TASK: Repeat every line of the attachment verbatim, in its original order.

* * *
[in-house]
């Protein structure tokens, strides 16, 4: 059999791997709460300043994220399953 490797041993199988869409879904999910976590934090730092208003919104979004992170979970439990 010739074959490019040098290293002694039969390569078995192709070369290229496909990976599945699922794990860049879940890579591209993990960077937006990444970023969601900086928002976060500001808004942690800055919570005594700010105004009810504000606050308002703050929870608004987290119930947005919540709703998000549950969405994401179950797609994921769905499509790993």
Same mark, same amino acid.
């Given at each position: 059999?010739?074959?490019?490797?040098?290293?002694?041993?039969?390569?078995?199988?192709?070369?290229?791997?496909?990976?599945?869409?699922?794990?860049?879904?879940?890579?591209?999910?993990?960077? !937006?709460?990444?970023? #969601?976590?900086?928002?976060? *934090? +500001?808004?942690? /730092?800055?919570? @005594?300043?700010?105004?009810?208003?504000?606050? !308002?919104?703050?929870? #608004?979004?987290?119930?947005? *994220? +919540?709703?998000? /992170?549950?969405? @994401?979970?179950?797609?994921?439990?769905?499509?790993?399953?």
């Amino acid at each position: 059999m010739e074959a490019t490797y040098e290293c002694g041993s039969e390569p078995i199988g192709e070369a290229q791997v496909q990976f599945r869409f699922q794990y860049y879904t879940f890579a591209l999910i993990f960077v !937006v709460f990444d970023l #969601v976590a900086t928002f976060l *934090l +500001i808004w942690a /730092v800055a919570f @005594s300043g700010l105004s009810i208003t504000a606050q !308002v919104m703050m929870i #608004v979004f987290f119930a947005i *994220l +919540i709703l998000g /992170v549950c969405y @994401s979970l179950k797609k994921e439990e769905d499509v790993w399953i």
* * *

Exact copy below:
[in-house]
């Protein structure tokens, strides 16, 4: 059999791997709460300043994220399953 490797041993199988869409879904999910976590934090730092208003919104979004992170979970439990 010739074959490019040098290293002694039969390569078995192709070369290229496909990976599945699922794990860049879940890579591209993990960077937006990444970023969601900086928002976060500001808004942690800055919570005594700010105004009810504000606050308002703050929870608004987290119930947005919540709703998000549950969405994401179950797609994921769905499509790993």
Same mark, same amino acid.
């Given at each position: 059999?010739?074959?490019?490797?040098?290293?002694?041993?039969?390569?078995?199988?192709?070369?290229?791997?496909?990976?599945?869409?699922?794990?860049?879904?879940?890579?591209?999910?993990?960077? !937006?709460?990444?970023? #969601?976590?900086?928002?976060? *934090? +500001?808004?942690? /730092?800055?919570? @005594?300043?700010?105004?009810?208003?504000?606050? !308002?919104?703050?929870? #608004?979004?987290?119930?947005? *994220? +919540?709703?998000? /992170?549950?969405? @994401?979970?179950?797609?994921?439990?769905?499509?790993?399953?």
């Amino acid at each position: 059999m010739e074959a490019t490797y040098e290293c002694g041993s039969e390569p078995i199988g192709e070369a290229q791997v496909q990976f599945r869409f699922q794990y860049y879904t879940f890579a591209l999910i993990f960077v !937006v709460f990444d970023l #969601v976590a900086t928002f976060l *934090l +500001i808004w942690a /730092v800055a919570f @005594s300043g700010l105004s009810i208003t504000a606050q !308002v919104m703050m929870i #608004v979004f987290f119930a947005i *994220l +919540i709703l998000g /992170v549950c969405y @994401s979970l179950k797609k994921e439990e769905d499509v790993w399953i």